As more records are inserted into the index, the pages storing the records fill up. If a record is being inserted on a page that's already full (remember, the key value determines where the new record goes), then the page must split, with some records moving to a newly allocated page. A page split is an expensive operation to perform (a new page is allocated and linked into the index, and records are moved onto the new page), and it causes fragmentation.
Page splits cause logical fragmentation in the index (which affects range scan performance) by causing the physical and logical ordering of pages in the index to be different. It also causes poor page density (where there is unused space on pages), which leads to wasted space on pages and poor disk, I/O, and memory utilization.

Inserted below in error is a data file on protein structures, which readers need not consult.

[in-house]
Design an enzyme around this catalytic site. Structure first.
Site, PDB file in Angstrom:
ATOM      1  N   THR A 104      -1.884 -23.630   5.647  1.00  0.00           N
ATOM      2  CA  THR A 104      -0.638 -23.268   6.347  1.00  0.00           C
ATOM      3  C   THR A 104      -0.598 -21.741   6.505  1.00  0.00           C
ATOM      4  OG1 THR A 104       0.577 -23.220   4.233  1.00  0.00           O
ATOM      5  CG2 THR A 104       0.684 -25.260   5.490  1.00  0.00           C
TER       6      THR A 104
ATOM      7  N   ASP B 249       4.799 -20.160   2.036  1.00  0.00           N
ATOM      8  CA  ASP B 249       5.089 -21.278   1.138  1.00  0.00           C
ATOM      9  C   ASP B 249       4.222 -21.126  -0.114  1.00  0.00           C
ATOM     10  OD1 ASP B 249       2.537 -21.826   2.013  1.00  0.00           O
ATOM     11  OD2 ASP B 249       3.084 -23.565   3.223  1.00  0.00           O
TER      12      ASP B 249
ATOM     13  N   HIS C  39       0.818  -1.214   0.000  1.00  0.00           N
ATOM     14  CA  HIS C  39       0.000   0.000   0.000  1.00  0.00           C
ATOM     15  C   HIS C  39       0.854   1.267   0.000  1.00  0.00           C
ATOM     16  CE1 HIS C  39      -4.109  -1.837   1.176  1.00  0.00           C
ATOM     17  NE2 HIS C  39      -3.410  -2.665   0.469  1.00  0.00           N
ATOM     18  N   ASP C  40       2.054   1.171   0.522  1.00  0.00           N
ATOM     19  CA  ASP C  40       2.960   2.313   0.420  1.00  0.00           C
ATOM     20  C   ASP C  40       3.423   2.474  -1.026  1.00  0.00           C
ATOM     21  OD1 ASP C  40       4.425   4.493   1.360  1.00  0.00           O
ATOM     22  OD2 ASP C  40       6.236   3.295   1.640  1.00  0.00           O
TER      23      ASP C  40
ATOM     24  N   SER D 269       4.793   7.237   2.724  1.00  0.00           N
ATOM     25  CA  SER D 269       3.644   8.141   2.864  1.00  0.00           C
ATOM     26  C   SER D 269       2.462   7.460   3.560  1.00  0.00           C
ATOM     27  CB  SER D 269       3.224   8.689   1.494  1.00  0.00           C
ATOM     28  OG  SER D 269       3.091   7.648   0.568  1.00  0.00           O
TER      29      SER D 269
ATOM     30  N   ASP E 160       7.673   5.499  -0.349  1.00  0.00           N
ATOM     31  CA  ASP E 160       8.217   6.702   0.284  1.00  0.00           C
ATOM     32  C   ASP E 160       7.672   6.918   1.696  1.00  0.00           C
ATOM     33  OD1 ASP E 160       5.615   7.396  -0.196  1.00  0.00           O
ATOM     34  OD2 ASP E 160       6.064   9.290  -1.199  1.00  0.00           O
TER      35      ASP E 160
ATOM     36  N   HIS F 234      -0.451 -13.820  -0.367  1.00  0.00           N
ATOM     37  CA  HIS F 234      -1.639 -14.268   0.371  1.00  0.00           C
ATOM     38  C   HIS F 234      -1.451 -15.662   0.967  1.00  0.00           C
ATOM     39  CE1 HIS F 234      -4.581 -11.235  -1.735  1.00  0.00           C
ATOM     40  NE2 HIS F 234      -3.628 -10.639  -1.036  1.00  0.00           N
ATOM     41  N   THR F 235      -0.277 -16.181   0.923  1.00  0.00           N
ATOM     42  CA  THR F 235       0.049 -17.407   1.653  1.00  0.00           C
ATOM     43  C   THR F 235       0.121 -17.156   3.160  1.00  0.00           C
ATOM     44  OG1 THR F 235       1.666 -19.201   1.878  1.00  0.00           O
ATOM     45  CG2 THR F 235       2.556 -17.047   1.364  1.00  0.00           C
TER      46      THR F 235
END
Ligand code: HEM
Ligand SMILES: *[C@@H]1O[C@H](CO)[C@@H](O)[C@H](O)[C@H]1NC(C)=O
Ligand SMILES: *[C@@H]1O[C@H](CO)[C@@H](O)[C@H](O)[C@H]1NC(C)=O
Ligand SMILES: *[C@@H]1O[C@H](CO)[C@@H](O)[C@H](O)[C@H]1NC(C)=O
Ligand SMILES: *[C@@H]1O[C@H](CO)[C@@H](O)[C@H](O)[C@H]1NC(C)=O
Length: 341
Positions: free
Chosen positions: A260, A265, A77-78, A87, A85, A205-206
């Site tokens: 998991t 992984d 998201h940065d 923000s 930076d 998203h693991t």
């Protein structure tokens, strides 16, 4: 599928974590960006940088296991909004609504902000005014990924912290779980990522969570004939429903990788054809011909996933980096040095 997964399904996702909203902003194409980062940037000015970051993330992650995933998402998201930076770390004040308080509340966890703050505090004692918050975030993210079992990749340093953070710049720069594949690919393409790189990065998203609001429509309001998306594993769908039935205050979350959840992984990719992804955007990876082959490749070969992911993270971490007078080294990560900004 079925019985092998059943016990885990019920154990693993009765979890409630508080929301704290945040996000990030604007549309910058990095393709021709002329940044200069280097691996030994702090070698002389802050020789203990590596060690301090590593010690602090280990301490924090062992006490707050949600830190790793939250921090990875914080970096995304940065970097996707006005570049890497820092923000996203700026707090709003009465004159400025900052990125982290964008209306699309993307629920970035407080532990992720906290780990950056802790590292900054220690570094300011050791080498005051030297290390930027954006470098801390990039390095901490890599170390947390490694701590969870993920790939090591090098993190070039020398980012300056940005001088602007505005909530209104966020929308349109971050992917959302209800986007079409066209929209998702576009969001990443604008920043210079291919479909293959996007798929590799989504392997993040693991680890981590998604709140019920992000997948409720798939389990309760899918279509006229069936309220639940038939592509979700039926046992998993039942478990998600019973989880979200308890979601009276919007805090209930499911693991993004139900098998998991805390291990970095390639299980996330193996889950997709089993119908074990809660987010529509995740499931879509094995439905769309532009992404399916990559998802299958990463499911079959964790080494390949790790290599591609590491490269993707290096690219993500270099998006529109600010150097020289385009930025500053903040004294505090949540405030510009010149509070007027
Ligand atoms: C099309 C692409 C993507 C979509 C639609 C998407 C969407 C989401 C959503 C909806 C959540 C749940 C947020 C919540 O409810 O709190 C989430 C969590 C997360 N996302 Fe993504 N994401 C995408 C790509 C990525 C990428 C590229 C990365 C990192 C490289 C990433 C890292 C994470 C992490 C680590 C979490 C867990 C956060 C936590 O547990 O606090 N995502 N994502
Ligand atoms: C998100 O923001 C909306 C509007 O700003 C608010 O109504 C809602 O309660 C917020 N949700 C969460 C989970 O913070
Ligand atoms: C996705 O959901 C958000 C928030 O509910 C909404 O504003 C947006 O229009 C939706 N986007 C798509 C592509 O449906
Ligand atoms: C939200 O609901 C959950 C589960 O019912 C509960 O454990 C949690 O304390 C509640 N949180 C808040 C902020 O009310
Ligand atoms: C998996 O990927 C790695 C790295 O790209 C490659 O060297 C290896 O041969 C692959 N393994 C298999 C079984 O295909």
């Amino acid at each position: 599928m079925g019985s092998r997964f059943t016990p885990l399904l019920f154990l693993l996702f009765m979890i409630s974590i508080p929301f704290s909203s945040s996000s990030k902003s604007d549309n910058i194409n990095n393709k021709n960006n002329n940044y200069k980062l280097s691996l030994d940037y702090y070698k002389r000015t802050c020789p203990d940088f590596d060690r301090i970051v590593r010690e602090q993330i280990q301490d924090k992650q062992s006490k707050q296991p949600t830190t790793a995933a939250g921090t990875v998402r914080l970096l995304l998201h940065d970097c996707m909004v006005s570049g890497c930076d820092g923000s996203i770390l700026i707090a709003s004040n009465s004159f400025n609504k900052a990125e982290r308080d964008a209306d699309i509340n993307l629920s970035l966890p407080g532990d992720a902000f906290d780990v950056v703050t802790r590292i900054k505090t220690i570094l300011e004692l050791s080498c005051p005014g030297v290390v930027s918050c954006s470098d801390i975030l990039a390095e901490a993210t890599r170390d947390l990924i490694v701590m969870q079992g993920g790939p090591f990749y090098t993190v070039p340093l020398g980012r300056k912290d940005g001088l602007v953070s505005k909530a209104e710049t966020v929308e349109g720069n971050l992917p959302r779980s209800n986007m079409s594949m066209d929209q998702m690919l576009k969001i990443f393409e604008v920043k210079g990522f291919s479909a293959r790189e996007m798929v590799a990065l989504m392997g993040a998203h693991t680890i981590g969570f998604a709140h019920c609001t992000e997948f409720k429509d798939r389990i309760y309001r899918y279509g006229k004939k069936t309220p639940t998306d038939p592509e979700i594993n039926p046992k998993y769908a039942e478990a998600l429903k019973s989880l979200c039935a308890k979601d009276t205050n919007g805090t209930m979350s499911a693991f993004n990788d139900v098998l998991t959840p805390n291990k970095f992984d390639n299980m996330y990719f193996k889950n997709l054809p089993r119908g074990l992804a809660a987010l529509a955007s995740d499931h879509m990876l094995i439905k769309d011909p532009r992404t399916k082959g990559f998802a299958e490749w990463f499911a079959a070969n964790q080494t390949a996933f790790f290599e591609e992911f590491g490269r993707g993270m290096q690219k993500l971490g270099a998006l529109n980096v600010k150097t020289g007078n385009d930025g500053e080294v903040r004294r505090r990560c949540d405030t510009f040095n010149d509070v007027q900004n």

For more information about index fragmentation and how to detect and remove it, see my August 2008 article, "Top Tips for Effective Database Maintenance
." Picking a good clustered index key is beyond the scope of this article; I'll leave it to my wife, Kimberly L. Tripp, to explain. See her great blog post on the topic, which also goes into more details about GUIDs and clustered index structures "(GUIDs as PRIMARY KEYs and/or the clustering key
QOur high-availability strategy is to use log shipping to a couple of secondary servers. Our management team is pressuring me to make some use of the redundant servers to save on capital expenditures. My idea is to use the secondary servers to allow reporting queries to run, which would also have the benefit of offloading the report workload from the primary server. What problems might I run into doing this?